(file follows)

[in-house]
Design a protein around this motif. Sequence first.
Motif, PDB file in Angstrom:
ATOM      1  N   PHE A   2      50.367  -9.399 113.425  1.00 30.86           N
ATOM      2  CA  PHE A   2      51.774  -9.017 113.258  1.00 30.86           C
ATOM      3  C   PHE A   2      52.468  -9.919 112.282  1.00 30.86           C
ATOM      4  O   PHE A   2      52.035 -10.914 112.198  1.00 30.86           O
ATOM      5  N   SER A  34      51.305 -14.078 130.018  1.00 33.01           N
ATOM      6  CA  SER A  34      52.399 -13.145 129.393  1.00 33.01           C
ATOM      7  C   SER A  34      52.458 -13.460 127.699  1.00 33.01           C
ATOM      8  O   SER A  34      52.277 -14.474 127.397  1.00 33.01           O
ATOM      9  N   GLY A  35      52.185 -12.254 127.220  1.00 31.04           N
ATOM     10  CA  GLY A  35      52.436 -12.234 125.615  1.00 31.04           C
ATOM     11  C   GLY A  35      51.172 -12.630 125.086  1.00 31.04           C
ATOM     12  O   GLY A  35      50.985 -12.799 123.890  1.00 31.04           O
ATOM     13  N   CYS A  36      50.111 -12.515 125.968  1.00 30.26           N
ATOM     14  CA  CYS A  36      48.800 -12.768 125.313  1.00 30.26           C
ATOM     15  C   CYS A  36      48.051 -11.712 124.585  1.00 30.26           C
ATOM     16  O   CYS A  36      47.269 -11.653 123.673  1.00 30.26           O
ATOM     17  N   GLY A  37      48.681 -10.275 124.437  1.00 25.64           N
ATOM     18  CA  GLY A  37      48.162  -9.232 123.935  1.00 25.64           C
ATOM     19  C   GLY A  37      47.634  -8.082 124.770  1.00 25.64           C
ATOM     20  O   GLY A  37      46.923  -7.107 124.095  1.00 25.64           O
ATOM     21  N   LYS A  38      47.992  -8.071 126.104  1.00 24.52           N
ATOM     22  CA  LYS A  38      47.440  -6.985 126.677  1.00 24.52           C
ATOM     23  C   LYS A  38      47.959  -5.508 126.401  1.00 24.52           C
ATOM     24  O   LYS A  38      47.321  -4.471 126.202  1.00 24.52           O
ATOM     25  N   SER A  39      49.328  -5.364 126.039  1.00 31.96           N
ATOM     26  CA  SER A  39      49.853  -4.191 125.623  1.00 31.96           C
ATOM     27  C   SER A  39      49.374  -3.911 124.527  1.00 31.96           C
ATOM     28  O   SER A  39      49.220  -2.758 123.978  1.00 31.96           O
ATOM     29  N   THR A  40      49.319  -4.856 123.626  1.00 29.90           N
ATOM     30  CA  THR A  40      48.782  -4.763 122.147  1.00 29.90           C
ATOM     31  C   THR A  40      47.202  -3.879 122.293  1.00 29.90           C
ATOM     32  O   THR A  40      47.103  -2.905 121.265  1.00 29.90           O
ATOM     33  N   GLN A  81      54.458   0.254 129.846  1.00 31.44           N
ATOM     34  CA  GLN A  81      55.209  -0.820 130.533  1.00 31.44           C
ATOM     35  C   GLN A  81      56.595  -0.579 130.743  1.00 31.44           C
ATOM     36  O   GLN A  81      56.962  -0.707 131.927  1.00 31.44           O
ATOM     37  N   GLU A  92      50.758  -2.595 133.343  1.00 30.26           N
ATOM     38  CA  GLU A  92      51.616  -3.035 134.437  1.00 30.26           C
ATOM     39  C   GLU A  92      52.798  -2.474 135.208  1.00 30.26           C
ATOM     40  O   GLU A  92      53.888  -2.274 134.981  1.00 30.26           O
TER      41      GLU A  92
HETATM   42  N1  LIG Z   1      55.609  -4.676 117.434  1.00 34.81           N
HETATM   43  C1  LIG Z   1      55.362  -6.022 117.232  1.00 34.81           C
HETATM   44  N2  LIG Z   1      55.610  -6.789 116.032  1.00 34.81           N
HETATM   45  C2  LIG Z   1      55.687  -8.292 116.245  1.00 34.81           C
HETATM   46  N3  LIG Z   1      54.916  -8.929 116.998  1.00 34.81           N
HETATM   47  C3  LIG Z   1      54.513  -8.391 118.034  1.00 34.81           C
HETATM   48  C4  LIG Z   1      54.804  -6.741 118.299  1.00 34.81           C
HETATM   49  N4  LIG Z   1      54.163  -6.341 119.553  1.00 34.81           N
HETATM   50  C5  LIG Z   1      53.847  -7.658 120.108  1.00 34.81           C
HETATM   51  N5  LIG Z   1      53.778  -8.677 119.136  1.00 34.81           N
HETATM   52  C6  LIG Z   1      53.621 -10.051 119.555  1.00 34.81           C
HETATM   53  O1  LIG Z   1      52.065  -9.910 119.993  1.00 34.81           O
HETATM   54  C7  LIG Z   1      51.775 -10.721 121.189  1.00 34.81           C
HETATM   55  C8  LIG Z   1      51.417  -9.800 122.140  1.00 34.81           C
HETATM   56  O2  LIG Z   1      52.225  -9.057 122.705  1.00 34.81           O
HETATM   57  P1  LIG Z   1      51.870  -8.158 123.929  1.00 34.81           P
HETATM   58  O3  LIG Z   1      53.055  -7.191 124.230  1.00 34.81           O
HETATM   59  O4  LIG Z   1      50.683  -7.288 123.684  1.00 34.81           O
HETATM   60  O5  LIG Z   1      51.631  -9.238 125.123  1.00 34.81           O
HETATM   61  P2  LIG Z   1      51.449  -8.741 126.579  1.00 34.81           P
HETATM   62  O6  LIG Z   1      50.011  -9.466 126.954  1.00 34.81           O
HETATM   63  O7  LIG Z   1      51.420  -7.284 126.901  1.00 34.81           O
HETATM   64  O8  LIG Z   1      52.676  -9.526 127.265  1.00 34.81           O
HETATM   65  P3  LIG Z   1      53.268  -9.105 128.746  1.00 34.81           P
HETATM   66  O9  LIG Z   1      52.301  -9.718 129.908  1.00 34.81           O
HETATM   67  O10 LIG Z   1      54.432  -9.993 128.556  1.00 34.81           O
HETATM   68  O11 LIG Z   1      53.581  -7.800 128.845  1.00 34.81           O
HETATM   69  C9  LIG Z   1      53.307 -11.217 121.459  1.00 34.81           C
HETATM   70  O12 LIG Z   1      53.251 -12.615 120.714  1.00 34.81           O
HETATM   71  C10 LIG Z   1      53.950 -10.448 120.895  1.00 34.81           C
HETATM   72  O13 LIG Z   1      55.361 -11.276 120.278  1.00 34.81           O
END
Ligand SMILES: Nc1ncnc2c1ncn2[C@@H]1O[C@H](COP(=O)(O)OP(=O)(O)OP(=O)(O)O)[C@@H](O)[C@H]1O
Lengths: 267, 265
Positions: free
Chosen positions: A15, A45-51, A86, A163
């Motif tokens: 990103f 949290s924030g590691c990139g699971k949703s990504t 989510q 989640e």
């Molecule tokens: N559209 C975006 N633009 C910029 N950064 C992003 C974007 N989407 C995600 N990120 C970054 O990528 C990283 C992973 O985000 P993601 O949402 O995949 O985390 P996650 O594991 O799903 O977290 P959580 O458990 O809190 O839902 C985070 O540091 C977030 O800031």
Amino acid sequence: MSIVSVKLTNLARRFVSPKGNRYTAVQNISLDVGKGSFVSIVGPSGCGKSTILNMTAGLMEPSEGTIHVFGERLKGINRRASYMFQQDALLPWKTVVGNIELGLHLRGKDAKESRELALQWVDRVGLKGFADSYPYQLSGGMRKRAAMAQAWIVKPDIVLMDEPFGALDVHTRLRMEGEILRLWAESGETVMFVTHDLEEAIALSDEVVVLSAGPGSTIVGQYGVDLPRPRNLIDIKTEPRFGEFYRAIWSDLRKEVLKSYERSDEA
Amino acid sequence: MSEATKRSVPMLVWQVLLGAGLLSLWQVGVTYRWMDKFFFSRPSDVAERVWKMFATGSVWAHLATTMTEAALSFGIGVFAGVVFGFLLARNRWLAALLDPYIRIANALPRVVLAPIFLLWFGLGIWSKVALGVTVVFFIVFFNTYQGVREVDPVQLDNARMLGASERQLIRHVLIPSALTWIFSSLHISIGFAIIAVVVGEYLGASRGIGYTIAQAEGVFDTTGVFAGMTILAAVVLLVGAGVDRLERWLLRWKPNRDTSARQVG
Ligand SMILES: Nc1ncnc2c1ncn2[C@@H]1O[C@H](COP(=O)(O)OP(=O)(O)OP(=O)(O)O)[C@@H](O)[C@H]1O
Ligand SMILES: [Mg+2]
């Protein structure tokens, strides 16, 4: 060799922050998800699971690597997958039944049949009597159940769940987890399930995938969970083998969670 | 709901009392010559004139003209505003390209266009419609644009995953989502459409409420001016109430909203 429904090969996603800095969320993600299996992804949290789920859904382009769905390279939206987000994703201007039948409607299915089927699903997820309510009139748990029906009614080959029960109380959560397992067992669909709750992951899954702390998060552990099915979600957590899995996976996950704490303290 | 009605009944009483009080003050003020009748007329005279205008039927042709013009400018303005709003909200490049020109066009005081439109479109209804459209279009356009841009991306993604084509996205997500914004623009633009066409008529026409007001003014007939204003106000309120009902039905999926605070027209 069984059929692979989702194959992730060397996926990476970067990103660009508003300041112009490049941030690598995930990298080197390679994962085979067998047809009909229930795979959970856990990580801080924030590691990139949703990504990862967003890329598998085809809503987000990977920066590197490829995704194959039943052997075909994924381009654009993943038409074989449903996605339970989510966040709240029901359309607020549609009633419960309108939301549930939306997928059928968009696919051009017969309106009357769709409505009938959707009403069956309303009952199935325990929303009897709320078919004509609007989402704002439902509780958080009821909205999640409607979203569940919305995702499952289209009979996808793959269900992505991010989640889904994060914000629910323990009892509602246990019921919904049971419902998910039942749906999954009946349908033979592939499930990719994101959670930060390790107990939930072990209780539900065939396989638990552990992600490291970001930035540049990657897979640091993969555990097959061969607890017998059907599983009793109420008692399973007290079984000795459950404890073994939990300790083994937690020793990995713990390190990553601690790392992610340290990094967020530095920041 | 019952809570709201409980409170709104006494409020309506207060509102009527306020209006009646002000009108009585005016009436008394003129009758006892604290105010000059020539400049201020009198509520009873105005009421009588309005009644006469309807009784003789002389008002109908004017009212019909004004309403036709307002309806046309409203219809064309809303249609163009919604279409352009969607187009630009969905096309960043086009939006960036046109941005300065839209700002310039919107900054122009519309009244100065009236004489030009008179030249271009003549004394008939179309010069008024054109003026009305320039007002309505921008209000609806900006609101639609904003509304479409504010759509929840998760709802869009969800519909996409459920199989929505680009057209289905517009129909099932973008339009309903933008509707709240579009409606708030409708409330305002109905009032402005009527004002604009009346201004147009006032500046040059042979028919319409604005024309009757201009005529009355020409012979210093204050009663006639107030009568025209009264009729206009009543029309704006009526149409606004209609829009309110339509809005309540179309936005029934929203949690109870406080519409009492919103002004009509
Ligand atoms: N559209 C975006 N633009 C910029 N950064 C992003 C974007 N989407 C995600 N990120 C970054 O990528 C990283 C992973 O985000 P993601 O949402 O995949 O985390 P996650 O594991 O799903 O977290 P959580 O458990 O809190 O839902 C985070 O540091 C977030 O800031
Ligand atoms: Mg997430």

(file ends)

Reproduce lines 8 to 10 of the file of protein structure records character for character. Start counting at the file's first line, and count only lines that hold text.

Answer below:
ATOM      5  N   SER A  34      51.305 -14.078 130.018  1.00 33.01           N
ATOM      6  CA  SER A  34      52.399 -13.145 129.393  1.00 33.01           C
ATOM      7  C   SER A  34      52.458 -13.460 127.699  1.00 33.01           C